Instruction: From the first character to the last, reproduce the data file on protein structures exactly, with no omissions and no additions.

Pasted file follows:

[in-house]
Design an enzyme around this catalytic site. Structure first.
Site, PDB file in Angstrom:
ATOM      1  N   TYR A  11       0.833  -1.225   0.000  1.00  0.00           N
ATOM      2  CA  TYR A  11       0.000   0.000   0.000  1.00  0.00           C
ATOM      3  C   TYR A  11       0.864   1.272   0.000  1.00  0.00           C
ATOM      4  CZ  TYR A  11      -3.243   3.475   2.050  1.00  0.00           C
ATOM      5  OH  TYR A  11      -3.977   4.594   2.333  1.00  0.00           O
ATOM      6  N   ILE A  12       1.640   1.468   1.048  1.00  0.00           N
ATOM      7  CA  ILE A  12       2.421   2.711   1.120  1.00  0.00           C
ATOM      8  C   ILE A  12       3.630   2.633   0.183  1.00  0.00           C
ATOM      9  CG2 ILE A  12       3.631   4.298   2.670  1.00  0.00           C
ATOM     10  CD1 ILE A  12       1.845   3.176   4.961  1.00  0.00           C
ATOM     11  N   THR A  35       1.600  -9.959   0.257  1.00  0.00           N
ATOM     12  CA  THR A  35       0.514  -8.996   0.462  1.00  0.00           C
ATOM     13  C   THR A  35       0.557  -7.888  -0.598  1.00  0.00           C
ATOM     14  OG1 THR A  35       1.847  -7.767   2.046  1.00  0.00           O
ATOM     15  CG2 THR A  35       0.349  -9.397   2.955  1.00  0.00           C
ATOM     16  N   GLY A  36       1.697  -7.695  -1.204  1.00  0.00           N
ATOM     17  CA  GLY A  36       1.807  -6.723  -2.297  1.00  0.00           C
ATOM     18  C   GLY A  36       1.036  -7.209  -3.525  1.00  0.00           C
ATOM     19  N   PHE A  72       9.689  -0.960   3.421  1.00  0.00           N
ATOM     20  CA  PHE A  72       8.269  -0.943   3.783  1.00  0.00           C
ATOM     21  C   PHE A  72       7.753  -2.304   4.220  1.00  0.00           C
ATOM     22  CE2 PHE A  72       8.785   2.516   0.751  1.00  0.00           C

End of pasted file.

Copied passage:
[in-house]
Design an enzyme around this catalytic site. Structure first.
Site, PDB file in Angstrom:
ATOM      1  N   TYR A  11       0.833  -1.225   0.000  1.00  0.00           N
ATOM      2  CA  TYR A  11       0.000   0.000   0.000  1.00  0.00           C
ATOM      3  C   TYR A  11       0.864   1.272   0.000  1.00  0.00           C
ATOM      4  CZ  TYR A  11      -3.243   3.475   2.050  1.00  0.00           C
ATOM      5  OH  TYR A  11      -3.977   4.594   2.333  1.00  0.00           O
ATOM      6  N   ILE A  12       1.640   1.468   1.048  1.00  0.00           N
ATOM      7  CA  ILE A  12       2.421   2.711   1.120  1.00  0.00           C
ATOM      8  C   ILE A  12       3.630   2.633   0.183  1.00  0.00           C
ATOM      9  CG2 ILE A  12       3.631   4.298   2.670  1.00  0.00           C
ATOM     10  CD1 ILE A  12       1.845   3.176   4.961  1.00  0.00           C
ATOM     11  N   THR A  35       1.600  -9.959   0.257  1.00  0.00           N
ATOM     12  CA  THR A  35       0.514  -8.996   0.462  1.00  0.00           C
ATOM     13  C   THR A  35       0.557  -7.888  -0.598  1.00  0.00           C
ATOM     14  OG1 THR A  35       1.847  -7.767   2.046  1.00  0.00           O
ATOM     15  CG2 THR A  35       0.349  -9.397   2.955  1.00  0.00           C
ATOM     16  N   GLY A  36       1.697  -7.695  -1.204  1.00  0.00           N
ATOM     17  CA  GLY A  36       1.807  -6.723  -2.297  1.00  0.00           C
ATOM     18  C   GLY A  36       1.036  -7.209  -3.525  1.00  0.00           C
ATOM     19  N   PHE A  72       9.689  -0.960   3.421  1.00  0.00           N
ATOM     20  CA  PHE A  72       8.269  -0.943   3.783  1.00  0.00           C
ATOM     21  C   PHE A  72       7.753  -2.304   4.220  1.00  0.00           C
ATOM     22  CE2 PHE A  72       8.785   2.516   0.751  1.00  0.00           C